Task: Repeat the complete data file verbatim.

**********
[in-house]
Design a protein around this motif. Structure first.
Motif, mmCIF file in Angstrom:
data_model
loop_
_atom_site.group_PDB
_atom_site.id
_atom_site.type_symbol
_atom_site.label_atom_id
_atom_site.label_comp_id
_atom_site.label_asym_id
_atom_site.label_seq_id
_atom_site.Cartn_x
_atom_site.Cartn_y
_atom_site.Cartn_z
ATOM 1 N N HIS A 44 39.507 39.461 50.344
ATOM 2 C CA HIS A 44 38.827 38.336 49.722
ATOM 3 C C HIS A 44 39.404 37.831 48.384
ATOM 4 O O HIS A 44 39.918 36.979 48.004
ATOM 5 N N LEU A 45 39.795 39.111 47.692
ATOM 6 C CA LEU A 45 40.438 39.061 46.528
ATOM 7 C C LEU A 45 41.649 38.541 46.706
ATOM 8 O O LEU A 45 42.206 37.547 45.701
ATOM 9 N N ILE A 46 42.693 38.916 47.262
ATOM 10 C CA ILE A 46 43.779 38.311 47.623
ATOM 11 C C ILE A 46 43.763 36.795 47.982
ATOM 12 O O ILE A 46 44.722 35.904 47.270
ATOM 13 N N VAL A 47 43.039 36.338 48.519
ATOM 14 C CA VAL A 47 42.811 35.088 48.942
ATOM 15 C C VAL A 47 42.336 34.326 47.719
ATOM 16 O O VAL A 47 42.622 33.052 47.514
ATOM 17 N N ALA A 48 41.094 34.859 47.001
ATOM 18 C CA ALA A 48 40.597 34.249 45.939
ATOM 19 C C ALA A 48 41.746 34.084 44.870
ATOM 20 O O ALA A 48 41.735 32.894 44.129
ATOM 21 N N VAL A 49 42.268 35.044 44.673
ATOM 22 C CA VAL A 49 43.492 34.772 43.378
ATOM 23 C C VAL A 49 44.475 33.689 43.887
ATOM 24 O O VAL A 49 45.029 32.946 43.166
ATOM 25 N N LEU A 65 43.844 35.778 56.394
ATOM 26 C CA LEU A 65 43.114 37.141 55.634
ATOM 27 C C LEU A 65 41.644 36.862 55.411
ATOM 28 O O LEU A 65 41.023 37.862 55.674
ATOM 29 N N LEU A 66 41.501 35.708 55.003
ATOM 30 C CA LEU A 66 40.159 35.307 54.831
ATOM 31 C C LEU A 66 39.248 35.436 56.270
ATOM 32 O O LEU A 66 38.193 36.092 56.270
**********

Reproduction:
[in-house]
Design a protein around this motif. Structure first.
Motif, mmCIF file in Angstrom:
data_model
loop_
_atom_site.group_PDB
_atom_site.id
_atom_site.type_symbol
_atom_site.label_atom_id
_atom_site.label_comp_id
_atom_site.label_asym_id
_atom_site.label_seq_id
_atom_site.Cartn_x
_atom_site.Cartn_y
_atom_site.Cartn_z
ATOM 1 N N HIS A 44 39.507 39.461 50.344
ATOM 2 C CA HIS A 44 38.827 38.336 49.722
ATOM 3 C C HIS A 44 39.404 37.831 48.384
ATOM 4 O O HIS A 44 39.918 36.979 48.004
ATOM 5 N N LEU A 45 39.795 39.111 47.692
ATOM 6 C CA LEU A 45 40.438 39.061 46.528
ATOM 7 C C LEU A 45 41.649 38.541 46.706
ATOM 8 O O LEU A 45 42.206 37.547 45.701
ATOM 9 N N ILE A 46 42.693 38.916 47.262
ATOM 10 C CA ILE A 46 43.779 38.311 47.623
ATOM 11 C C ILE A 46 43.763 36.795 47.982
ATOM 12 O O ILE A 46 44.722 35.904 47.270
ATOM 13 N N VAL A 47 43.039 36.338 48.519
ATOM 14 C CA VAL A 47 42.811 35.088 48.942
ATOM 15 C C VAL A 47 42.336 34.326 47.719
ATOM 16 O O VAL A 47 42.622 33.052 47.514
ATOM 17 N N ALA A 48 41.094 34.859 47.001
ATOM 18 C CA ALA A 48 40.597 34.249 45.939
ATOM 19 C C ALA A 48 41.746 34.084 44.870
ATOM 20 O O ALA A 48 41.735 32.894 44.129
ATOM 21 N N VAL A 49 42.268 35.044 44.673
ATOM 22 C CA VAL A 49 43.492 34.772 43.378
ATOM 23 C C VAL A 49 44.475 33.689 43.887
ATOM 24 O O VAL A 49 45.029 32.946 43.166
ATOM 25 N N LEU A 65 43.844 35.778 56.394
ATOM 26 C CA LEU A 65 43.114 37.141 55.634
ATOM 27 C C LEU A 65 41.644 36.862 55.411
ATOM 28 O O LEU A 65 41.023 37.862 55.674
ATOM 29 N N LEU A 66 41.501 35.708 55.003
ATOM 30 C CA LEU A 66 40.159 35.307 54.831
ATOM 31 C C LEU A 66 39.248 35.436 56.270
ATOM 32 O O LEU A 66 38.193 36.092 56.270